Re: Minimize tax consequences
posted at 4/8/2012 11:01 PM EDT
In Response to Minimize tax consequences
[QUOTE]Hi there, I am asking this for a good friend of mine, Chunky, who will be retiring in 3 months, because he has exhausted his options of what he could do to minimize his PTO (paid time off) cash out taxes. Background - Chunky is going to be 63 years old, his wife is 60 years old, and they have an adult son who doesn't live with them. Chunky's wife does not work and Chunky's annual salary is about $100K. They have a paid-off house in Massachusetts and a (vacant, so no rent income) vacation home in Florida with only a small mortgage (he plans to sell the Massachusetts home after his retirement, with about $150K capital gain and he will use that to pay off his Florida house's mortgage.) Chunky has contributed the maximum allowed amount to his 401K, and traditional IRA in the last few years. Due to his planned retirement in July, he will have less income for tax year 2012, as well as less contributions to his 401K and traditional IRA than previous years. He will probably start receiving his first defined benefits pension plan check from his company in October and his annual distribution is around 70% of his pre-retirement annual salary. Chunky and his wife are also planning to work part-time jobs in Florida, as well as attending some college courses after they are settled there. Lastly, he will have a sizable cash out on his PTO (mostly his accumulated unused vacation time), which amount to around $60K. Here comes the question: His company allows him to "roll over" $33K of his $60K PTO cash out to his 401K, and he could contribute about (the remaining) $3K into his traditional IRA (he has contributed about $3K into that account from January to June). So, as he was told by his payroll manager at his company, he will have to pay taxes on the remaining balance of $24K as a bonus (Chunky did not tell me the tax %). Since he has exhausted his 401K (normal, catch-up, and the maximum allowed amount for 'roll over') account's limit, as well as his traditional IRA, what other options he could have so that he could minimize the tax consequences of the cash out? Can he contribute to a pre-tax annunity or other type of pre-paid healthcare accounts or college expense account that would accept pre-tax dollars? (He has thought about Roth IRA or non-deductible IRA, but those contributions are after-tax dollars, not pre-tax dollars.) I appreciate your opinions on how many options, if any, that Chunky would have. Thanks. Fay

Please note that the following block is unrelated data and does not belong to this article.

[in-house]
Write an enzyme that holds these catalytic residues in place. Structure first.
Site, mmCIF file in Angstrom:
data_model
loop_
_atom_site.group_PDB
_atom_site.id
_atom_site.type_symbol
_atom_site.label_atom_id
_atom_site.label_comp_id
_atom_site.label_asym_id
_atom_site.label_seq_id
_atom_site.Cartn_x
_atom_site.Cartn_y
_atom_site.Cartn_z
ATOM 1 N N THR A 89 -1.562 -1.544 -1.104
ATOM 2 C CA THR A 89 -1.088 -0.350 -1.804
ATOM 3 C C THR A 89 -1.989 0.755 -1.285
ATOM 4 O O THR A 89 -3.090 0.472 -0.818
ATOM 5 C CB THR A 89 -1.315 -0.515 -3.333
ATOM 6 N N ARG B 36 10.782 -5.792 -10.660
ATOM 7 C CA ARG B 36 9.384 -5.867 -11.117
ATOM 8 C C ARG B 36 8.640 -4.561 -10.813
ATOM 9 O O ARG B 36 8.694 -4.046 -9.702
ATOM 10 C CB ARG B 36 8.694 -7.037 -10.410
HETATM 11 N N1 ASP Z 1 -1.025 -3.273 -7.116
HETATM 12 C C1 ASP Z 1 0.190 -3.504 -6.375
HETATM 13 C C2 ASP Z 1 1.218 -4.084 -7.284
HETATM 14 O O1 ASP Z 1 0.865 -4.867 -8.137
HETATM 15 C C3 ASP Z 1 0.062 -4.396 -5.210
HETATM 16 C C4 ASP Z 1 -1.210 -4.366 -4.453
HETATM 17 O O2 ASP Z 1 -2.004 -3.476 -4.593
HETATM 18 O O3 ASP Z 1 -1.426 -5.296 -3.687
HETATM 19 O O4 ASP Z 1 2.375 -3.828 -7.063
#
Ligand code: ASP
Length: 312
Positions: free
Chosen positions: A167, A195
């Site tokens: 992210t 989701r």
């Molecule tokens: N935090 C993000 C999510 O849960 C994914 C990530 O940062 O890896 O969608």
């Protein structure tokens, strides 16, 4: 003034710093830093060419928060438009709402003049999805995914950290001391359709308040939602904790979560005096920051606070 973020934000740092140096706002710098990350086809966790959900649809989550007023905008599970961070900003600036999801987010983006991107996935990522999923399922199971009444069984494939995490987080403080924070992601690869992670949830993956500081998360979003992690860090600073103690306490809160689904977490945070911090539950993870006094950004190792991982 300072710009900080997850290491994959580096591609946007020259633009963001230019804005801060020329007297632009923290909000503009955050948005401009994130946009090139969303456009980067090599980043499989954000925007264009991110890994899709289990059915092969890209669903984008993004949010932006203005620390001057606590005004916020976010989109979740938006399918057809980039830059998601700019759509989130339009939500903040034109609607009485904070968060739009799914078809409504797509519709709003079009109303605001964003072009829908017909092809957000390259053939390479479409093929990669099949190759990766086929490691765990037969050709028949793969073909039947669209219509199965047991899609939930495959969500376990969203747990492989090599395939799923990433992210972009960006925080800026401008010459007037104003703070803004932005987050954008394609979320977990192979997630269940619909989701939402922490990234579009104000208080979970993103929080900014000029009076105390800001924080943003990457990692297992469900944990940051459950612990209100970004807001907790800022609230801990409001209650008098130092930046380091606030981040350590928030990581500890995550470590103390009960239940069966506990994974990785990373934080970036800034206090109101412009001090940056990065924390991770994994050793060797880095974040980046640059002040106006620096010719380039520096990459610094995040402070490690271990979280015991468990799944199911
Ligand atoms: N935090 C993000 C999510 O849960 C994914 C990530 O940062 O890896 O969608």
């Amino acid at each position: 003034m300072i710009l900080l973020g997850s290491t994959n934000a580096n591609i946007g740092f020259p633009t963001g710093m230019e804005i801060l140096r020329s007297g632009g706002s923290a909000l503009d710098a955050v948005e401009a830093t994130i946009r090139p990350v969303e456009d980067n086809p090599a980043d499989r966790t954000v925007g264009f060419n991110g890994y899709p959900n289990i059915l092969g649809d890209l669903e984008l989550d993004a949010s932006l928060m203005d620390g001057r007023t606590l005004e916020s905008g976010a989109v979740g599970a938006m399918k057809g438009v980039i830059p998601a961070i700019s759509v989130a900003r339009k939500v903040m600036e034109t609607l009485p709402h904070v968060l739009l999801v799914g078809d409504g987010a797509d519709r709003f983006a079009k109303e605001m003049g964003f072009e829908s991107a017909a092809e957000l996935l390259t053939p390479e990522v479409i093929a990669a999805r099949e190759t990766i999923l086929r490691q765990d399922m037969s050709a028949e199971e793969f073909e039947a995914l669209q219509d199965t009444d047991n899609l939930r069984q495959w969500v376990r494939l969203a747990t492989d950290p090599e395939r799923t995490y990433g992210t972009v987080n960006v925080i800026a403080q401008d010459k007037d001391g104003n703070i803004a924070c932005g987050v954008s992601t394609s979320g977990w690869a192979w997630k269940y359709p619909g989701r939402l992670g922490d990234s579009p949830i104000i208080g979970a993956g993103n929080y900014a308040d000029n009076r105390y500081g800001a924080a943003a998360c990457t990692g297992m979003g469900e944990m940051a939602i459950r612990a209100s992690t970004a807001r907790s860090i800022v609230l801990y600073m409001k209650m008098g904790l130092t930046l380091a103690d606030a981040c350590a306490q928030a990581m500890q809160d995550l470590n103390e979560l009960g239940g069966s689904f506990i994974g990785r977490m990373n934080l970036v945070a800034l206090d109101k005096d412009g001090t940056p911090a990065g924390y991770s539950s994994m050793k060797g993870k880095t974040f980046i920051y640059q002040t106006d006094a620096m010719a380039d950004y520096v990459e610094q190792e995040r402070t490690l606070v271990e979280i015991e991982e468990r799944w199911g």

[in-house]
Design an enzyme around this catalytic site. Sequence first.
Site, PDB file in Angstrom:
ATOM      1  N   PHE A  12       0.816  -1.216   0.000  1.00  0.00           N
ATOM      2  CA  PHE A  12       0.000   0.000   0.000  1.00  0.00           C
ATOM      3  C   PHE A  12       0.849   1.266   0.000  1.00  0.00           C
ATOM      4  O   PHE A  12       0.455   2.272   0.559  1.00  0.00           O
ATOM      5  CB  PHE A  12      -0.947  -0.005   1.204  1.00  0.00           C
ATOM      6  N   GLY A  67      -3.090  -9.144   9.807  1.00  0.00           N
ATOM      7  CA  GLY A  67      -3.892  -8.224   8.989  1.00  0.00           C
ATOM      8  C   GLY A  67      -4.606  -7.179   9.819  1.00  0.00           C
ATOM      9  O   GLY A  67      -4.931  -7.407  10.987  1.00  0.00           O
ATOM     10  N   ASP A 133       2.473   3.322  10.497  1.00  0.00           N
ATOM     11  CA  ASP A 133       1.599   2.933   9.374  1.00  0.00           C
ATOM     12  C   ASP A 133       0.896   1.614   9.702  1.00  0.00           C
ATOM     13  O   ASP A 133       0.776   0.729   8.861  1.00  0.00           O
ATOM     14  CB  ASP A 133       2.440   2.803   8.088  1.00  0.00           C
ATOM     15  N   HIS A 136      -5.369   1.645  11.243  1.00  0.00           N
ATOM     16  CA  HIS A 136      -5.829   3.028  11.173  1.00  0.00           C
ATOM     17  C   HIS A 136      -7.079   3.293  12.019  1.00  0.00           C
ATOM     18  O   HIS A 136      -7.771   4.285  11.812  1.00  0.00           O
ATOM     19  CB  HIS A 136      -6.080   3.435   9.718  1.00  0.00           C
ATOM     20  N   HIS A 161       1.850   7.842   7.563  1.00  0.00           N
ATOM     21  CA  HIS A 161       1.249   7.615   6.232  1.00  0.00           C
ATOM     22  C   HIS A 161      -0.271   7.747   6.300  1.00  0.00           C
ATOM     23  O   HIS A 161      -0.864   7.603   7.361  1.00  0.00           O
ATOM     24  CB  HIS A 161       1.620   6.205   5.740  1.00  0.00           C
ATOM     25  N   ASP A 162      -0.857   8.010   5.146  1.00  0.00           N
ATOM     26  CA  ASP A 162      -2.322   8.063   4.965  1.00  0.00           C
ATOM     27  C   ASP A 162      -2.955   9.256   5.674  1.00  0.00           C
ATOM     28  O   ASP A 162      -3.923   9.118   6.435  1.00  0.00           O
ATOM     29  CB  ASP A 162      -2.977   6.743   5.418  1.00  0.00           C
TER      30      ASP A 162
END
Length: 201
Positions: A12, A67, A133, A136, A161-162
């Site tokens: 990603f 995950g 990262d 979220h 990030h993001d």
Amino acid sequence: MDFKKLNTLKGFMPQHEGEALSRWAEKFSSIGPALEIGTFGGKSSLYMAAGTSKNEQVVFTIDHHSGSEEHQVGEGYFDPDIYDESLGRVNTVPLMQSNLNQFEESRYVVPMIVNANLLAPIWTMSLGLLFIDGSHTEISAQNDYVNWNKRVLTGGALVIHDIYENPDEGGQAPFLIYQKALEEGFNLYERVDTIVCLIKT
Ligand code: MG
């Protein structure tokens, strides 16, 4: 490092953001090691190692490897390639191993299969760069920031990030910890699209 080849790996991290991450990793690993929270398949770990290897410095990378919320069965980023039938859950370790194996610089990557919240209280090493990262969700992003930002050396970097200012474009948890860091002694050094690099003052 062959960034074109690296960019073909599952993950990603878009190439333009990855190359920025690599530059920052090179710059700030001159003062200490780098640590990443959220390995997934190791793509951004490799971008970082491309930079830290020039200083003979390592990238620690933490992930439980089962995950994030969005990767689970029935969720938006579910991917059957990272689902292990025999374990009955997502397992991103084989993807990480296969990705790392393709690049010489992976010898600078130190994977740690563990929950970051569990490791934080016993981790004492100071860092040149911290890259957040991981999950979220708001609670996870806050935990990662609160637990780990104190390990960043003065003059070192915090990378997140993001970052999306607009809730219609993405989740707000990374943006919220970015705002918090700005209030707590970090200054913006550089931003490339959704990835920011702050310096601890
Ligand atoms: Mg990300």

Posted by concerned-ma-citizen[/QUOTE]
Sorry, but it sounds like he's done everything he can do to "dodge the tax bullet", except if the employer is willing to pay out his money over two years - 2012 and 2013. he down side to that, given what is scheduled to happen to tax rates on January 1, 2013 (absent action by Congress), he could wind up in a higher tax bracket and have less net cash by "pushing off" some income to next year. This is a case of "don't let the tax tail wag the dog". Best advice is to take the money, pay the taxes and invest the balance.
Hope this helps with your tax planning!
Mark H. Misselbeck, C.P.A., M.S.T., Tax Principal
Katz, Nannis + Solomon, P.C.